My new paper route was at the Oshawa General Hospital which was about 4 blocks from my house.  I would go to the hospital after school, pick up my bundle of Toronto Star newspapers at the hospital’s service entrance and then carry an armful of newspapers as I walked room to room through the hospital asking “Star or Star Weekly”?  When I sold a paper (10 cents) I sometimes got a nickel tip – it was great because it eliminated having to do weekly collections which was the drill with all regular paper routes.  Another great thing about my new route was that I was “inside” and sheltered from the weather.  Oh, and did I mention all of the beautiful nurses, in spotless white uniforms who would greet me by name each day?  I was even able to sell newspapers on the Maternity, Intensive Care and Isolation Wards by simply leaving a stack of papers with the nurse on duty in each unit who would then go room to room selling them for me.  I would return to each unit at the end of my rounds and the nurses would give me the money and/or any unsold papers.  It was almost like having employees working for me.

But there was also a very scary part of this job.  It happened one day when I was inside the service entrance area, where I had just cut the wires of the bundle and was getting ready to do my “rounds” when suddenly, the service elevator door opened and a really scary-looking guy, dressed in a black suit jacket and grey-striped pants came out pushing a stretcher.  On the stretcher was a body – a dead body!  I couldn’t tell if it was a man or woman because it was in a leather bag that was strapped down to the stretcher.  Obviously, he was an undertaker from the funeral home – but to me, he looked like someone from the Twilight Zone.  He scared the daylights out of me – I sat frozen in fear. 

He bent down, grabbed a newspaper from the top of the pile and then stared at me with cold and dark eyes.   “How much for the paper?” he asked.

I tried to answer but all I could do was stutter “I uh, um, oh, I..”

“How be I give you a quarter and we’ll call it even?” he asked, as he continued to stare at me.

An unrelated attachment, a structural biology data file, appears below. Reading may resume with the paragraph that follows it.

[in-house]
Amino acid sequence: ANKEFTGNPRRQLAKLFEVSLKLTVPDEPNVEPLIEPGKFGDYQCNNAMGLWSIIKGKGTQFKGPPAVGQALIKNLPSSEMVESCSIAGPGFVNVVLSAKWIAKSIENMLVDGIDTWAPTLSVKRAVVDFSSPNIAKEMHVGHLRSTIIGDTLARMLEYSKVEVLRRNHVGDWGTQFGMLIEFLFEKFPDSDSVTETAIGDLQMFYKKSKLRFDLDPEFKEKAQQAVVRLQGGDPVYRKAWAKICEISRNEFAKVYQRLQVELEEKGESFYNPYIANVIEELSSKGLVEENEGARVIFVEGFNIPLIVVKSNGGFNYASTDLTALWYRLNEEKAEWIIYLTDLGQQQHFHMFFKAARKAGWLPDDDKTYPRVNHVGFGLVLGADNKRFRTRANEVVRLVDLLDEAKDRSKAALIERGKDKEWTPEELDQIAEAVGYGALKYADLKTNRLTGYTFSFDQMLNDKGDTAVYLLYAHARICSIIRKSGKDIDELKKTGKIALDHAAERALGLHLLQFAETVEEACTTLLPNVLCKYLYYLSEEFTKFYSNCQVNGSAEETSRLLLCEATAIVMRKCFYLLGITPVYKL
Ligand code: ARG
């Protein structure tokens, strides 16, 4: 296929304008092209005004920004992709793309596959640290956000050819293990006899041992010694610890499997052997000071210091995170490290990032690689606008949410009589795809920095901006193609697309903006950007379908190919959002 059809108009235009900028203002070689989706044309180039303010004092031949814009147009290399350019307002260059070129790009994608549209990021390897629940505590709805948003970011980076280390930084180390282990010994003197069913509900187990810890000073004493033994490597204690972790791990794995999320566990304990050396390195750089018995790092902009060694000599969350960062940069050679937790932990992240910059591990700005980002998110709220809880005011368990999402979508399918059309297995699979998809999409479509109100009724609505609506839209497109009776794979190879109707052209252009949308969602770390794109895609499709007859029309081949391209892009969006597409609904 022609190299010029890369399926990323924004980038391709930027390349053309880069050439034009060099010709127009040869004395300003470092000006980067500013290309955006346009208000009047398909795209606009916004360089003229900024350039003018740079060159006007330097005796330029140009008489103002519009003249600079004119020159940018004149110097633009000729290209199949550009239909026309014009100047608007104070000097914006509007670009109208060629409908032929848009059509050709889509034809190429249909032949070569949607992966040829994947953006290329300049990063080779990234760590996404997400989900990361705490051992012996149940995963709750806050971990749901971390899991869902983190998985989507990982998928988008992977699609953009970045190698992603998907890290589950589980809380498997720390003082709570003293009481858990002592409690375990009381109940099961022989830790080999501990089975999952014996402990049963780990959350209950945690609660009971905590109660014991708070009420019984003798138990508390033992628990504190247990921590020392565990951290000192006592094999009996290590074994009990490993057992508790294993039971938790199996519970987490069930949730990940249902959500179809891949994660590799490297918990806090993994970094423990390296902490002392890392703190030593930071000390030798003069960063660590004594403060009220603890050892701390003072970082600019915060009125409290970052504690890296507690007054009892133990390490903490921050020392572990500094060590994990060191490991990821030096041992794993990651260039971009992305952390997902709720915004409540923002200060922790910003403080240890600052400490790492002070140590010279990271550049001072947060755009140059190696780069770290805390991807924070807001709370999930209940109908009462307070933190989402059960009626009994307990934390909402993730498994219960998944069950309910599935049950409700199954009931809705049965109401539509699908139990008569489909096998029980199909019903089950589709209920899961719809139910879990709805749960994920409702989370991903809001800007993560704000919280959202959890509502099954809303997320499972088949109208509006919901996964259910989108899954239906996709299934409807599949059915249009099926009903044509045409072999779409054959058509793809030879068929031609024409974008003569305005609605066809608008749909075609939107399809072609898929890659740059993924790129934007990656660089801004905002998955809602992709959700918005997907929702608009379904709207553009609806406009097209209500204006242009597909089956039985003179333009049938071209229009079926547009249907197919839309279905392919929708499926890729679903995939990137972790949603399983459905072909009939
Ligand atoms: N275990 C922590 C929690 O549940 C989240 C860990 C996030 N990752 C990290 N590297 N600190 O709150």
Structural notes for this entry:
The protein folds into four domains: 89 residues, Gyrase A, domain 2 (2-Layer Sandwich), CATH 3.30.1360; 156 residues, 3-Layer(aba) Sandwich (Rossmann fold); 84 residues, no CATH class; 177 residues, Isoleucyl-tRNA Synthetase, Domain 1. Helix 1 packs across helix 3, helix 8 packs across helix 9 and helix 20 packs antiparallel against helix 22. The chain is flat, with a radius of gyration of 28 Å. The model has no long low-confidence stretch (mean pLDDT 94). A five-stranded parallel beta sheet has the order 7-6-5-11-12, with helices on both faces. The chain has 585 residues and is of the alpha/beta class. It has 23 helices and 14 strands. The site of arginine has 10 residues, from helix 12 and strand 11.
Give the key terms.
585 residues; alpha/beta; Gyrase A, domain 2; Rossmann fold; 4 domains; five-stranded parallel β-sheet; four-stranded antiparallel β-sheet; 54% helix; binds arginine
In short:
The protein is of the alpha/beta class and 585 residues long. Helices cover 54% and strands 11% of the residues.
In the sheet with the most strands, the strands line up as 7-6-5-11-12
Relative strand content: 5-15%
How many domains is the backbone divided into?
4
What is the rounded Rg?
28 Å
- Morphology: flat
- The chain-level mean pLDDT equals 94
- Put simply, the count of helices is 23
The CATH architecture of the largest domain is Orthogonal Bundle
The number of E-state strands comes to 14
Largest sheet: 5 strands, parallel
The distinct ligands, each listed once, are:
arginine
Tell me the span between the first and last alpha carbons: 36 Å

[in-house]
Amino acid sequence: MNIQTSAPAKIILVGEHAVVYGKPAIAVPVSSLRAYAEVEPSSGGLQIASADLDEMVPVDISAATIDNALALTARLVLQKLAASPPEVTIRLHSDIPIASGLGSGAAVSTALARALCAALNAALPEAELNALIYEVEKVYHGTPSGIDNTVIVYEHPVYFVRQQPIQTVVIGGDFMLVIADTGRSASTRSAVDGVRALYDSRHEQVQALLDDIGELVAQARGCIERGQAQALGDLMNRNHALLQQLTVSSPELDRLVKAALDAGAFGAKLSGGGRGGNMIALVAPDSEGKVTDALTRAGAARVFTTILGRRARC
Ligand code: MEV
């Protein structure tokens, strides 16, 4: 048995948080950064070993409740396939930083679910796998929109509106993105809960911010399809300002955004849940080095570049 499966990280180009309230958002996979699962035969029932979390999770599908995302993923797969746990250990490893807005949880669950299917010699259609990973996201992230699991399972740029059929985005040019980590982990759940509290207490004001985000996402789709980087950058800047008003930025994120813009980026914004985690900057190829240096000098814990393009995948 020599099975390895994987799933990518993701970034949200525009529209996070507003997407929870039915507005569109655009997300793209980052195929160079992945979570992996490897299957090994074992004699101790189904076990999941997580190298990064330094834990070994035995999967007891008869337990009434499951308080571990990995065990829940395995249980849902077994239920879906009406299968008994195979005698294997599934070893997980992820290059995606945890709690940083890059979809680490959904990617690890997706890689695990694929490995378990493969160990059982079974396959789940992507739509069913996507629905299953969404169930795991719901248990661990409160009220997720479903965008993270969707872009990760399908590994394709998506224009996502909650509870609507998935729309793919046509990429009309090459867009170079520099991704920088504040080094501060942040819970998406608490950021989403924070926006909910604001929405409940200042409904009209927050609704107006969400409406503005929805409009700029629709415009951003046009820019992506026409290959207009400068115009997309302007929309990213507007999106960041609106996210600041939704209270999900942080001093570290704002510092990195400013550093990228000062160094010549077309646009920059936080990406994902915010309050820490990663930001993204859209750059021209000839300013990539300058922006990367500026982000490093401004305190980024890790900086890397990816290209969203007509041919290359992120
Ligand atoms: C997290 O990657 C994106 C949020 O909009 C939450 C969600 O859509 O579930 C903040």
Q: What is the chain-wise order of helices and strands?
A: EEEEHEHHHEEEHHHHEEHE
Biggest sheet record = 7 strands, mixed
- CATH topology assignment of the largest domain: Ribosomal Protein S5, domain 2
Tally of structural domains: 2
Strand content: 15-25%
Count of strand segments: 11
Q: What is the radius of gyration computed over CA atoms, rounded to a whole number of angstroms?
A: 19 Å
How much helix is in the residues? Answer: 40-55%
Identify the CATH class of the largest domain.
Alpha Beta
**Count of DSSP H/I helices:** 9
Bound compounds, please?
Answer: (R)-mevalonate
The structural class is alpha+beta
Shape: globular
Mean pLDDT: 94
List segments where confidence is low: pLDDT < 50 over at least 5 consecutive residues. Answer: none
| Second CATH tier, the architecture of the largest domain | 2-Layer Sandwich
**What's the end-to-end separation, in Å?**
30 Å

“No, that’s okay, I uh, duh, um…” I stammered, shaking with fear.  There was no way I could touch any money from this man – he had just picked up a dead body – he was almost as scary as the dead body that was within inches of me.

The man then stood up, smiled at me and said, “Okay, thanks son!”

I sat there on the floor and watched as he opened the door to the outside.  But there wasn’t a hearse – he was using a plain-looking  van.  He loaded the stretcher into the back of the van, closed the doors to the van and then turned and looked at me.  He looked down at the pile of newspapers and was probably wondering why the quarter he left sitting on the top of the newspapers was still there.  He shrugged his shoulders and then got into the van and drove away.  I never touched that quarter – even though it was a lot of money – I just brushed it off the top of the pile and watched as it rolled across the floor.  There was no way in this world that I would touch that coin, much less keep it in my pocket!  From that day forward I would never go near the hospital service entrance when I saw that van parked outside.  I would just wait in the parking lot until the grim reaper left.  I never saw that man again until I was in my early 20’s and attending my Grandma Puffer’s funeral.  As I entered the funeral home, there he was – standing in the lobby.  We made eye contact but he didn’t appear to recognize me.  I immediately felt a chill running through my body and the fear returned….

Okay Danny, nice ghost story – but can we get back to the newspaper job?

Don’t rush me Spanky.  And by the way, why are you trembling?

Anyway, things went along smoothly until I got my first month-end bill from The Toronto Star – and it was a lot more than the money that I had collected.  It turned out that people were stealing newspapers from the pile I kept at the service entrance.  Remember, I was back to carrying papers – I didn’t have a large canvas bag anymore, so I had to carry a few under my arm and then go back several times to replenish.  The problem got so bad that my parents had to help me pay my monthly bill.  After a few months I gave up the route – it just didn’t make sense to work for little or no pay. 

Thinking back on it now, I probably should have sold my bike and bought a cart that I could have used to carry all of my papers at once – thereby eliminating the thefts.  Would have, could have and should have – but what the heck, I was just a kid.

I think that people that steal from kids are nasty and evil.

I’ve spent a lot of time at the Cancer Centre and Surrey Memorial Hospital over the past 3 years and I have never seen a paperboy or papergirl selling newspapers.  Maybe I’ll start a new paper route at the hospital selling both the Vancouver Sun and the Province newspapers.  But first, I’ll need to invest in a cart…..

Dedicated to paperboys/girls – past, present and future!

Hugs,

Danny